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People can respond to drugs very differently. A medication that brings relief for some patients might show no benefit at all in others, or even cause harmful side effects.
A growing array of genetic tests is designed to help predict how people are likely to respond to many common medications, from antidepressants and antihistamines to pain relievers and blood thinners. The tests, which are controversial, look for tiny variations in genes that determine how fast or slow we metabolize medications.
Because of such gene variations, codeine, frequently prescribed to relieve pain, has little effect on as much as 20% of the population, while 2% of people have such a strong reaction that a normal dose can be life-threatening. About 25% of people can’t effectively absorb Plavix, a clot-busting drug, putting them at increased risk for a heart attack or stroke.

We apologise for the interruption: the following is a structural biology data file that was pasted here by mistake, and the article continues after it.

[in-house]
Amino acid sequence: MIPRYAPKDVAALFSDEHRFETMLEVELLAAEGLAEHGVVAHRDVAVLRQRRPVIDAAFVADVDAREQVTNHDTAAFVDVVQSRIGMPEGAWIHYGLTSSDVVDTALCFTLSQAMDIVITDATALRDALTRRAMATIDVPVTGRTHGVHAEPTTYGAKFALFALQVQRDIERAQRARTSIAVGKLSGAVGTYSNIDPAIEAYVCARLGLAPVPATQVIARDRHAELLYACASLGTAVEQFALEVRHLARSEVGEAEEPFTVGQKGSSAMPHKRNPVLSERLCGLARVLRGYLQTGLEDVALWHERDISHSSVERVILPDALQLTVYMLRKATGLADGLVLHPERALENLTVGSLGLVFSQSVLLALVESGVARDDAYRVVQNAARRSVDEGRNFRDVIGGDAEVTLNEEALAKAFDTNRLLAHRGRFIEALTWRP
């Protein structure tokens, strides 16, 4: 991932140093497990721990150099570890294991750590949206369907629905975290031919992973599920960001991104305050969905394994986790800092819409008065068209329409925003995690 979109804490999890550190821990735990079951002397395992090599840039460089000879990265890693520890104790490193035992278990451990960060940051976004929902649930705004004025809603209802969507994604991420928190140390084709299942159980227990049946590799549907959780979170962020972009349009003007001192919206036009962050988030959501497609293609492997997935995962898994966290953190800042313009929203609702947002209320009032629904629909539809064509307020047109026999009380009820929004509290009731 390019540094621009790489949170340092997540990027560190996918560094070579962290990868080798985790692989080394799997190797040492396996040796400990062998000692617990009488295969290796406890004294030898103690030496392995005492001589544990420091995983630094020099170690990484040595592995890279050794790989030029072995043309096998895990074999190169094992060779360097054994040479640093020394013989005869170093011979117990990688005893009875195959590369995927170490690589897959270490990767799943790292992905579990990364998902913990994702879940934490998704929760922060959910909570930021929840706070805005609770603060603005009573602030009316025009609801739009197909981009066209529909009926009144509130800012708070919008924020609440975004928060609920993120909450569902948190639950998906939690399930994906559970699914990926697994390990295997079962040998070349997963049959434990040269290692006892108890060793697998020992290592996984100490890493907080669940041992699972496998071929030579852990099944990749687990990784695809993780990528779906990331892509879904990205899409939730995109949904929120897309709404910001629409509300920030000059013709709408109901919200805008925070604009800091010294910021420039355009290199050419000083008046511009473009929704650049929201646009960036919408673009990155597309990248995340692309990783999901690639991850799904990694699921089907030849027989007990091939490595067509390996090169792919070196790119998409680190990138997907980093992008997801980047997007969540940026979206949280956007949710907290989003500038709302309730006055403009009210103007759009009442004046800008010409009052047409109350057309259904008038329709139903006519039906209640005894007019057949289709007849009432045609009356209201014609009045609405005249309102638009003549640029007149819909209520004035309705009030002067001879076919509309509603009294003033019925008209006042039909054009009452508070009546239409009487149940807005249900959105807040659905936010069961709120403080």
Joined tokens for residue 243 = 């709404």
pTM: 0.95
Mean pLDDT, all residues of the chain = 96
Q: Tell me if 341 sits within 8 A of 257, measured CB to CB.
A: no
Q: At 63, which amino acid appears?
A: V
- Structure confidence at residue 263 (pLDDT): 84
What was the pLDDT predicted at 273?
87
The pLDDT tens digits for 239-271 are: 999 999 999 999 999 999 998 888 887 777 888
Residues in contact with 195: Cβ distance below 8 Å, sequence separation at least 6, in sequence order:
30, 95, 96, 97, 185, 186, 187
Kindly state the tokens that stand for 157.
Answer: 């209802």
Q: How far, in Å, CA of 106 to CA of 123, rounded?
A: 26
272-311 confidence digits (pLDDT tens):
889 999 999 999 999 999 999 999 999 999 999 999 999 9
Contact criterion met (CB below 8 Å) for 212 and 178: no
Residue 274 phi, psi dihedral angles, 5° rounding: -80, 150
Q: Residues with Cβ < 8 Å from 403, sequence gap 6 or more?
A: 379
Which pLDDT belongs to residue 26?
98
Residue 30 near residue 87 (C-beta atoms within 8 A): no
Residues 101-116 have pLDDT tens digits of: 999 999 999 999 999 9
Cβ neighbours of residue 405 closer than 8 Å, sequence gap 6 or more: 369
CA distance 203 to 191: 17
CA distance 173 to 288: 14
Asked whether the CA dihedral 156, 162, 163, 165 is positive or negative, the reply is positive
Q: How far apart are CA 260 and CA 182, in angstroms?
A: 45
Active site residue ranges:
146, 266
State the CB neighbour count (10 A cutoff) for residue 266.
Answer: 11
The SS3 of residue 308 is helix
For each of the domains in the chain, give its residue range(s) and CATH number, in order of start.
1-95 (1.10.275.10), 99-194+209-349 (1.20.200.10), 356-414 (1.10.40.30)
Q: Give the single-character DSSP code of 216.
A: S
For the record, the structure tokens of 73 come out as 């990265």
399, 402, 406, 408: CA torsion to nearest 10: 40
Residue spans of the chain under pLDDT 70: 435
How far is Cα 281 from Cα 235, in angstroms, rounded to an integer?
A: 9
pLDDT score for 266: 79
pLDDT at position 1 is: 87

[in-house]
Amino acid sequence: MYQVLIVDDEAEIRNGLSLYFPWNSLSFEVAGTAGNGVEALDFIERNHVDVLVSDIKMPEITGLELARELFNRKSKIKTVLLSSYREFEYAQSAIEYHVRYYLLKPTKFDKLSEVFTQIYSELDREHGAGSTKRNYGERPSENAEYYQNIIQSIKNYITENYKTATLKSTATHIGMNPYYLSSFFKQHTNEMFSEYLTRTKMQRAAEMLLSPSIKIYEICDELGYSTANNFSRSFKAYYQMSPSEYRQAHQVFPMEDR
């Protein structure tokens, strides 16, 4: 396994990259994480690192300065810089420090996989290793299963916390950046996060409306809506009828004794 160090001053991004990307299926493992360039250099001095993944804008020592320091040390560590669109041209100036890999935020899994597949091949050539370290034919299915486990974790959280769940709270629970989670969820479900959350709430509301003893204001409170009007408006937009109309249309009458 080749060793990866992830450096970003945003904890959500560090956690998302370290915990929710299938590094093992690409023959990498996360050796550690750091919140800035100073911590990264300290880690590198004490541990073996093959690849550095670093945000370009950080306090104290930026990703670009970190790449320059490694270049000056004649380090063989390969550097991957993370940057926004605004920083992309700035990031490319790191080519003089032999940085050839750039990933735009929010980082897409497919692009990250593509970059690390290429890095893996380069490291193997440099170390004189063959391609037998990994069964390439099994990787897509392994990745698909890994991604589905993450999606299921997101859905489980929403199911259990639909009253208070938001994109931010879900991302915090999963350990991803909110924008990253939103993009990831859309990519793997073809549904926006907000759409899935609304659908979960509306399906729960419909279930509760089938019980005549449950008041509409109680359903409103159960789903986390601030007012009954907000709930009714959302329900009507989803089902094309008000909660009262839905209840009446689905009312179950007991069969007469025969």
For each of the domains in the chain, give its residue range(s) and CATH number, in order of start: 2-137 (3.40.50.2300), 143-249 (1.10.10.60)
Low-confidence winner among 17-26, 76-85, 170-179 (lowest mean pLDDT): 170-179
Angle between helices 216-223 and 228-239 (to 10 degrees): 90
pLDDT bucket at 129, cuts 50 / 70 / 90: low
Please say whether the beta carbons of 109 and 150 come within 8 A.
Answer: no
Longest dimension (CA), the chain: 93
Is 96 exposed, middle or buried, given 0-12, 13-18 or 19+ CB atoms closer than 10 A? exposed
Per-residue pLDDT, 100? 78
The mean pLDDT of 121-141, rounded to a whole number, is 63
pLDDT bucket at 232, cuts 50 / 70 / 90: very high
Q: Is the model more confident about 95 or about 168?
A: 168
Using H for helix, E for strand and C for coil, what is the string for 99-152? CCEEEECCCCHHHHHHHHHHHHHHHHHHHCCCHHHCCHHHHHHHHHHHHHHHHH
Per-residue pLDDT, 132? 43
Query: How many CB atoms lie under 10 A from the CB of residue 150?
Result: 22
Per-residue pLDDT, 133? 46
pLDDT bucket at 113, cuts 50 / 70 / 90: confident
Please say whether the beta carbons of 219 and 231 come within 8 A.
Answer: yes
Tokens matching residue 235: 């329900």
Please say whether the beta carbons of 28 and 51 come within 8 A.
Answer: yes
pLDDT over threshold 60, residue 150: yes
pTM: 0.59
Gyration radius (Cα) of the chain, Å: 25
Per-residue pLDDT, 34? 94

Testing patients for gene variations could avoid some of the 700,000 serious drug reactions in the U.S. each year, some experts say. Proponents of the tests, which are done with a cheek swab, say they also could help doctors rely less on trial and error in choosing the right drug and the right dosage for individual patients.
The Food and Drug Administration has included cautionary information for people with certain gene variations on the labels of more than 100 prescription medications. As yet, only about 20% of doctors order such tests, according to a survey by the American Medical Association, and many patients don’t know they exist.
Read full, original post: Is Your Medicine Right for Your Metabolism?
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